Silent treatment - son
Caught in the act - neighbours
How to say it - 'no'
Our book club pick for May is the unusual and insightful The Colour of Bee Larkham's Murder by Sarah J. Harris, a story that explores what it is to be 'normal' and the impacts of synaesthesia and face-blindness (prosopagnosia).
Jasper is 13 years old and isn’t like the other boys his age. His synaesthesia paints his world in fantastical colours specific to every sound and word he hears. Then there’s his face-blindness, which prevents him from recognising anyone’s face: not his father’s, not his own, and certainly not which of the boys in identical school uniforms are bullies and which are friends.
But Jasper has seen a new colour, one that he’s never seen before: the colour of murder. He knows something has happened to his neighbour, Bee Larkham, but no-one else seems to be taking it as seriously as they should be – and Jasper can’t quite remember what happened in the kitchen, with the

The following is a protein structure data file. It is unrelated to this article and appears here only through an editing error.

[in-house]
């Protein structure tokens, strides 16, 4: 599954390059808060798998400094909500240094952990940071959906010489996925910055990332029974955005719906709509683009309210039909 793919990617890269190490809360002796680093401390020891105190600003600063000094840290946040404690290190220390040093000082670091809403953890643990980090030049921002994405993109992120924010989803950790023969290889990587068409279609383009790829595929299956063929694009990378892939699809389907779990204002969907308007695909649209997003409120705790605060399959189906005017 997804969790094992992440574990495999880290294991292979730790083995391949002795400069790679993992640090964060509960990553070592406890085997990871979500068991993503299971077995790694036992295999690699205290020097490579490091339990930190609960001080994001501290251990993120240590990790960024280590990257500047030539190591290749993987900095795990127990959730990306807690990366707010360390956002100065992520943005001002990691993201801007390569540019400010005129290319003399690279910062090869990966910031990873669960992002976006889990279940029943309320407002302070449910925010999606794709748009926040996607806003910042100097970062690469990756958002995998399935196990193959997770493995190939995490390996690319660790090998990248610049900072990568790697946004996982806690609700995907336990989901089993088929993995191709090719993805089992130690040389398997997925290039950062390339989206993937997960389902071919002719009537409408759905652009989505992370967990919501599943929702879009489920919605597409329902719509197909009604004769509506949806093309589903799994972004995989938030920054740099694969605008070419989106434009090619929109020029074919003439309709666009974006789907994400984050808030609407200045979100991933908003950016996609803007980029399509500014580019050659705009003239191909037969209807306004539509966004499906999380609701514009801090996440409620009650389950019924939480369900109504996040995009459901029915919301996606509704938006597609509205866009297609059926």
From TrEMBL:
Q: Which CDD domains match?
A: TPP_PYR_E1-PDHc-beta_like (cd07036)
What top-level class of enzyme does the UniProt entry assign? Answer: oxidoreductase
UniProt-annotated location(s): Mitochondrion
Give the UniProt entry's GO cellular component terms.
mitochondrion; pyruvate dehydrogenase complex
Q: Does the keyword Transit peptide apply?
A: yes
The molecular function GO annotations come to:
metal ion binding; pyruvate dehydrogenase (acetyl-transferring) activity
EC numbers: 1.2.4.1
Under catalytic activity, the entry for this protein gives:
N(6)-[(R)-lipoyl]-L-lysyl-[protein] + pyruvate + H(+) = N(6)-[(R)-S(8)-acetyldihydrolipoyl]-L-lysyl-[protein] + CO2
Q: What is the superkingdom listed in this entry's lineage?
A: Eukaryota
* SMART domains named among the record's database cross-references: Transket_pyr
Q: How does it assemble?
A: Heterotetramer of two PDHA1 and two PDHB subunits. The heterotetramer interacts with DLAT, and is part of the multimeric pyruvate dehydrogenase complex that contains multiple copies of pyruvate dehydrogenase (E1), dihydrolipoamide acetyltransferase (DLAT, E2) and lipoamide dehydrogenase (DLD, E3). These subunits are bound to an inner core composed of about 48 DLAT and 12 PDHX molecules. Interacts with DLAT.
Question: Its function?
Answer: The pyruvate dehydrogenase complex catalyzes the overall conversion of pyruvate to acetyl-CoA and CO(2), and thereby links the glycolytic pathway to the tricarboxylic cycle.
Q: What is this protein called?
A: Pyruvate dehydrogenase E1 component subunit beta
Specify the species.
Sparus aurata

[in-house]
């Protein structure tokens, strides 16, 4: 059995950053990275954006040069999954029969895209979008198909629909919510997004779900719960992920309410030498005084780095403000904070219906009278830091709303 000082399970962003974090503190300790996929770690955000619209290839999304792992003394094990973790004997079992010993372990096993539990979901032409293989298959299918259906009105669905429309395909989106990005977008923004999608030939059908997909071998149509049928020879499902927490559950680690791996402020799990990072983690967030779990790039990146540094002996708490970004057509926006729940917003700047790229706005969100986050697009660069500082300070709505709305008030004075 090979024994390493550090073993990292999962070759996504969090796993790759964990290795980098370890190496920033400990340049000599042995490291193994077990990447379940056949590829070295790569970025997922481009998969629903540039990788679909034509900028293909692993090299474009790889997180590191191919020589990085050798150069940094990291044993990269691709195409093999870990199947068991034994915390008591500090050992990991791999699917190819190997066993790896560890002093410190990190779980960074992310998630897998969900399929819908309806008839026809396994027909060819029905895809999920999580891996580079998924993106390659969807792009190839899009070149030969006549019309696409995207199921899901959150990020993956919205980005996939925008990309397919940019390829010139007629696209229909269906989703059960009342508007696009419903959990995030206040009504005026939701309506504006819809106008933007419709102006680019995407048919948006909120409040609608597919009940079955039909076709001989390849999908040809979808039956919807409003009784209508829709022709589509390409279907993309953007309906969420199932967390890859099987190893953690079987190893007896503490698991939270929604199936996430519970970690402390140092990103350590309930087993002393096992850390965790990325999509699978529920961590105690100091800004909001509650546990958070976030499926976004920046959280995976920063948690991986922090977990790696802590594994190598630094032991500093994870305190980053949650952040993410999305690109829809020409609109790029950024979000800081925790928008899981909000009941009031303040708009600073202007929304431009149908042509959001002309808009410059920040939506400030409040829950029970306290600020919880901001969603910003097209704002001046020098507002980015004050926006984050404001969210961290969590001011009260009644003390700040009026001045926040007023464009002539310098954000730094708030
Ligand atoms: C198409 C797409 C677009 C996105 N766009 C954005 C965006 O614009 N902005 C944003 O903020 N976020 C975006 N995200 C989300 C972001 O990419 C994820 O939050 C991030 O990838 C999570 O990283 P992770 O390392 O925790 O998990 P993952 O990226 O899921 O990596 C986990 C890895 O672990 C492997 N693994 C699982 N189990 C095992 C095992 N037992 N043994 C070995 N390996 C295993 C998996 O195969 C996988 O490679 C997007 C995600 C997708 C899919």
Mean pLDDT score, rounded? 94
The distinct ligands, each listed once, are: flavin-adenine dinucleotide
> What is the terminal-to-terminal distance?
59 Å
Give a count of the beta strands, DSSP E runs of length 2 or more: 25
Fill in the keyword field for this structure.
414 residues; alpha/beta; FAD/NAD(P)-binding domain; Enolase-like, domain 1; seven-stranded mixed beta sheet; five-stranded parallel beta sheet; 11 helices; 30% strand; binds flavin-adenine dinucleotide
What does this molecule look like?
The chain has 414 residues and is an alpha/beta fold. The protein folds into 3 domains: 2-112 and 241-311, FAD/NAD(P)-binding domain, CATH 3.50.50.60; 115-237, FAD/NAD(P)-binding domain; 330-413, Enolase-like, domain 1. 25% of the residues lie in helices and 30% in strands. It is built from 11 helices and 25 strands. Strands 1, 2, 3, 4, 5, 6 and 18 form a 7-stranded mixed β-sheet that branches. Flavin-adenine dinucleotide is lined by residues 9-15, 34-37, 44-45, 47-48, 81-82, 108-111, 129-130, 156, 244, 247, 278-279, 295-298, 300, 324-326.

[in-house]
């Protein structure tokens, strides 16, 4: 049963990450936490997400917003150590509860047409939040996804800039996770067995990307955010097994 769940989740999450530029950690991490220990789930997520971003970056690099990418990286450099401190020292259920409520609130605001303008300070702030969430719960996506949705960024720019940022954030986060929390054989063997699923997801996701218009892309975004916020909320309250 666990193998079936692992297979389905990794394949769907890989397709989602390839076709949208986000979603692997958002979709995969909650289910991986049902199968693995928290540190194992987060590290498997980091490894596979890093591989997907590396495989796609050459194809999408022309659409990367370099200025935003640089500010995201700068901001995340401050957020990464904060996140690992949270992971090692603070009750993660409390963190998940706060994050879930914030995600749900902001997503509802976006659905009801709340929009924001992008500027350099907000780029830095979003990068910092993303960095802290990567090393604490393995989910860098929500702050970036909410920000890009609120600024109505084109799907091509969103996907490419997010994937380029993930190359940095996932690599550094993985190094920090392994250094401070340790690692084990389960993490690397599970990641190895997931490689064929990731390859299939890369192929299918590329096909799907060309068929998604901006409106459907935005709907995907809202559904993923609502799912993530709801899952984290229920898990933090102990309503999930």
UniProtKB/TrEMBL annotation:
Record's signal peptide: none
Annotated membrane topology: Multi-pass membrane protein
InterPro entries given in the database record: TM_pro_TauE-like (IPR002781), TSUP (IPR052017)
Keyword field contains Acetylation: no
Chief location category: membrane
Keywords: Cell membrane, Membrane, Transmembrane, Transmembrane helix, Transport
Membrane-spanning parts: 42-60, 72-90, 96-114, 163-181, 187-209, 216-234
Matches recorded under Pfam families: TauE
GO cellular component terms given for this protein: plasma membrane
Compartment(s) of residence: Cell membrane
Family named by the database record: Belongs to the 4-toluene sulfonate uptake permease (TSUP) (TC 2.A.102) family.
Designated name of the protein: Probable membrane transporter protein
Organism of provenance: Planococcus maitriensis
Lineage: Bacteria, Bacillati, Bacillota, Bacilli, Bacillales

knife and the screams.
As he struggles to get to the bottom of the mystery, including his own role in Bee’s murder, someone out there is determined to stop him...
"A great protagonist... A must-read book for 2018" Stylist
"Hotly anticipated debuts of 2018" Red
"One to look out for" Observer
Sarah J. Harris is an author and freelance education journalist who regularly writes for national newspapers. She became fascinated by synaesthesia and face-blindness during her work as a journalist. She lives in London with her husband and two young children.
The Colour of Bee Larkham's Murder is published by HarperFiction and is available online and from all good booksellers. All our free copies have now been allocated. If you do receive one, we need you to add your questions and comments for Sarah to this thread by the end of May.
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